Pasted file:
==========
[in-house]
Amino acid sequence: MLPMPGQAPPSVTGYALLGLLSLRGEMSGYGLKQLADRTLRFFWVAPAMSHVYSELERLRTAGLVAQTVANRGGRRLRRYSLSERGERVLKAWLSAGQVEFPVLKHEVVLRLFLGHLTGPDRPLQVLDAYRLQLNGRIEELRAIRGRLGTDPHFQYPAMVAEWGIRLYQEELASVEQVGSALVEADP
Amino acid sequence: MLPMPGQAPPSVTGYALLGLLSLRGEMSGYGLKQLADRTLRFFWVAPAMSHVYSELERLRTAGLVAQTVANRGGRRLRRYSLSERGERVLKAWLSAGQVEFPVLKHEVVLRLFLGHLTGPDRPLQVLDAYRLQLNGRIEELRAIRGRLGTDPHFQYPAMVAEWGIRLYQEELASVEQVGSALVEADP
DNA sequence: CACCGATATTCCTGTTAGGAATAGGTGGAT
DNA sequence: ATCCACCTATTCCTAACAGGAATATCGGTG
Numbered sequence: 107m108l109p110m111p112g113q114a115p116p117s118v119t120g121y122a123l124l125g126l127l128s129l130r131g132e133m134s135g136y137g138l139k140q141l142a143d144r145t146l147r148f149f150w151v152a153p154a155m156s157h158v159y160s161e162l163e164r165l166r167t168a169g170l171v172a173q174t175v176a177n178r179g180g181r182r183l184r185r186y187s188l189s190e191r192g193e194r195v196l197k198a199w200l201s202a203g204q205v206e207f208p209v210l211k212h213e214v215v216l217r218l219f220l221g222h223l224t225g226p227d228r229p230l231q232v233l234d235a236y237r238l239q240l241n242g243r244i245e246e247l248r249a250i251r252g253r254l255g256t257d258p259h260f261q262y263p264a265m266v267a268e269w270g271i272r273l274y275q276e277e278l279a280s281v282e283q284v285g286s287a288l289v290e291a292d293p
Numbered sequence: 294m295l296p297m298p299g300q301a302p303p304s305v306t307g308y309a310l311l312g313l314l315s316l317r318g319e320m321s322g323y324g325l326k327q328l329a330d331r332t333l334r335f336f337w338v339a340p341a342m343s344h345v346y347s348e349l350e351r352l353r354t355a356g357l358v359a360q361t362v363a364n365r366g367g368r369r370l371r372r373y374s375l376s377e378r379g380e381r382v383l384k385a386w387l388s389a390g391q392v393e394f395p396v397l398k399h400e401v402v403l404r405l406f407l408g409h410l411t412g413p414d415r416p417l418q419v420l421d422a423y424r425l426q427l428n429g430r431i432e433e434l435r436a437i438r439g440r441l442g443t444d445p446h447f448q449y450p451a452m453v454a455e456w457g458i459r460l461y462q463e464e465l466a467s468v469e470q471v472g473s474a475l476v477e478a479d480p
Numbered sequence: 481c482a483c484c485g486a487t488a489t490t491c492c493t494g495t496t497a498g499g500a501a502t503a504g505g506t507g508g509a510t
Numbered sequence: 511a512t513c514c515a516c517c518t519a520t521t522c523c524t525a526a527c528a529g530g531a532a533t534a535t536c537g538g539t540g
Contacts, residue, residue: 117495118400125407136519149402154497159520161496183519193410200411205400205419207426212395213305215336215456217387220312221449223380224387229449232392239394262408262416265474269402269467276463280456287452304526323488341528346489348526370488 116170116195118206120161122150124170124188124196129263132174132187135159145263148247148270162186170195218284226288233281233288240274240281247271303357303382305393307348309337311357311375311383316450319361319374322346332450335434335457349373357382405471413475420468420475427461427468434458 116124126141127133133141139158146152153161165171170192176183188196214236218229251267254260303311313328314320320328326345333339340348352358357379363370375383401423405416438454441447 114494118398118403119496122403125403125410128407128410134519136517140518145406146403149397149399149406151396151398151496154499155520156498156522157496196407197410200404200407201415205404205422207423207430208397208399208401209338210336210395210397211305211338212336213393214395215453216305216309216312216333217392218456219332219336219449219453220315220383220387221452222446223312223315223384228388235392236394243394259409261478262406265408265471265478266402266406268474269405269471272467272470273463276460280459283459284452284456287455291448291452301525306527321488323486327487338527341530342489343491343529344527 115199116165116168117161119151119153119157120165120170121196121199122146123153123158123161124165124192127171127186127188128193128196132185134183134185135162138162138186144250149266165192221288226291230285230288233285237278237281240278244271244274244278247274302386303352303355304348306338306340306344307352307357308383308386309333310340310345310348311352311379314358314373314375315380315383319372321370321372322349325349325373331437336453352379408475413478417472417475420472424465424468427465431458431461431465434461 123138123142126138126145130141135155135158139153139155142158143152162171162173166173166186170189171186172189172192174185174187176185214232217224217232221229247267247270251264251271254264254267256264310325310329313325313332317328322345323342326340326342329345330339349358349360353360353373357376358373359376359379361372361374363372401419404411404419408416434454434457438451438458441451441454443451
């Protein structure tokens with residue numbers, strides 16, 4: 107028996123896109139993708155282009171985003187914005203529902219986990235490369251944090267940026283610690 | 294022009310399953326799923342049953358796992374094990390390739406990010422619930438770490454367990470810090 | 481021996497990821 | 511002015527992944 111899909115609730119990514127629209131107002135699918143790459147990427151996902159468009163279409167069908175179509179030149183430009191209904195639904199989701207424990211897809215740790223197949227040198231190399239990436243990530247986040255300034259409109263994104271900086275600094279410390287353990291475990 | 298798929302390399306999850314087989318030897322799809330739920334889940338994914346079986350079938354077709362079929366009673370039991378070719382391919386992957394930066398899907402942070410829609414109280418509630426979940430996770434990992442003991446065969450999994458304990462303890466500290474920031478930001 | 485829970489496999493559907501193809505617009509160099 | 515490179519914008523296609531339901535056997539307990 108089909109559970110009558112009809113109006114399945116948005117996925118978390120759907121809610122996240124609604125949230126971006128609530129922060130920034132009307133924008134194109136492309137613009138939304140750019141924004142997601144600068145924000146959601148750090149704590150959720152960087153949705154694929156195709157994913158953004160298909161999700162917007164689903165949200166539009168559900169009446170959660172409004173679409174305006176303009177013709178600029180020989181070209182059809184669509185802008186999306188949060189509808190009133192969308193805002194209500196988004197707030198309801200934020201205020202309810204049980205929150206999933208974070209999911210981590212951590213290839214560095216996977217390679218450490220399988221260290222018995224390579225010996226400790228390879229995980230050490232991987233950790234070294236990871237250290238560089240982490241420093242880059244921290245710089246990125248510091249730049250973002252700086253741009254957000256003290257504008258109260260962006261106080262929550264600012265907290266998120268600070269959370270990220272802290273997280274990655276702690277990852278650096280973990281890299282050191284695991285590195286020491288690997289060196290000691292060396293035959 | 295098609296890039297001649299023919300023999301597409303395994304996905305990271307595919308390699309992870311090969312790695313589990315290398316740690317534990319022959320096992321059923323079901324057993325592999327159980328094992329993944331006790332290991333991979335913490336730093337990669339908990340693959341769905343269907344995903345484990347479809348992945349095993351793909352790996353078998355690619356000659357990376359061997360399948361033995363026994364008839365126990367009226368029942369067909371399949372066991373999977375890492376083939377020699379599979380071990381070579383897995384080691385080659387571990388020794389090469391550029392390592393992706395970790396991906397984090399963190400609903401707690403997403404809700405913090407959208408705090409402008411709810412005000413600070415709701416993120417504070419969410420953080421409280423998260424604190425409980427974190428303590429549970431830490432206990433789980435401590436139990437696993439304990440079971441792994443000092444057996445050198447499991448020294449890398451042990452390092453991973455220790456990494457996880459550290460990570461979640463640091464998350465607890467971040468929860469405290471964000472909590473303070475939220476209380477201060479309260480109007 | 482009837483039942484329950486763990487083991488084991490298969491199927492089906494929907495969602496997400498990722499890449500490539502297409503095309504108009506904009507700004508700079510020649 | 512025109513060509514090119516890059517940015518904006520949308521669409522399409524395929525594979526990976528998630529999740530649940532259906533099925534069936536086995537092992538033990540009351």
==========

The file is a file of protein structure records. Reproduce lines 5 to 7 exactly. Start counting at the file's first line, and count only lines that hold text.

DNA sequence: ATCCACCTATTCCTAACAGGAATATCGGTG
Numbered sequence: 107m108l109p110m111p112g113q114a115p116p117s118v119t120g121y122a123l124l125g126l127l128s129l130r131g132e133m134s135g136y137g138l139k140q141l142a143d144r145t146l147r148f149f150w151v152a153p154a155m156s157h158v159y160s161e162l163e164r165l166r167t168a169g170l171v172a173q174t175v176a177n178r179g180g181r182r183l184r185r186y187s188l189s190e191r192g193e194r195v196l197k198a199w200l201s202a203g204q205v206e207f208p209v210l211k212h213e214v215v216l217r218l219f220l221g222h223l224t225g226p227d228r229p230l231q232v233l234d235a236y237r238l239q240l241n242g243r244i245e246e247l248r249a250i251r252g253r254l255g256t257d258p259h260f261q262y263p264a265m266v267a268e269w270g271i272r273l274y275q276e277e278l279a280s281v282e283q284v285g286s287a288l289v290e291a292d293p
Numbered sequence: 294m295l296p297m298p299g300q301a302p303p304s305v306t307g308y309a310l311l312g313l314l315s316l317r318g319e320m321s322g323y324g325l326k327q328l329a330d331r332t333l334r335f336f337w338v339a340p341a342m343s344h345v346y347s348e349l350e351r352l353r354t355a356g357l358v359a360q361t362v363a364n365r366g367g368r369r370l371r372r373y374s375l376s377e378r379g380e381r382v383l384k385a386w387l388s389a390g391q392v393e394f395p396v397l398k399h400e401v402v403l404r405l406f407l408g409h410l411t412g413p414d415r416p417l418q419v420l421d422a423y424r425l426q427l428n429g430r431i432e433e434l435r436a437i438r439g440r441l442g443t444d445p446h447f448q449y450p451a452m453v454a455e456w457g458i459r460l461y462q463e464e465l466a467s468v469e470q471v472g473s474a475l476v477e478a479d480p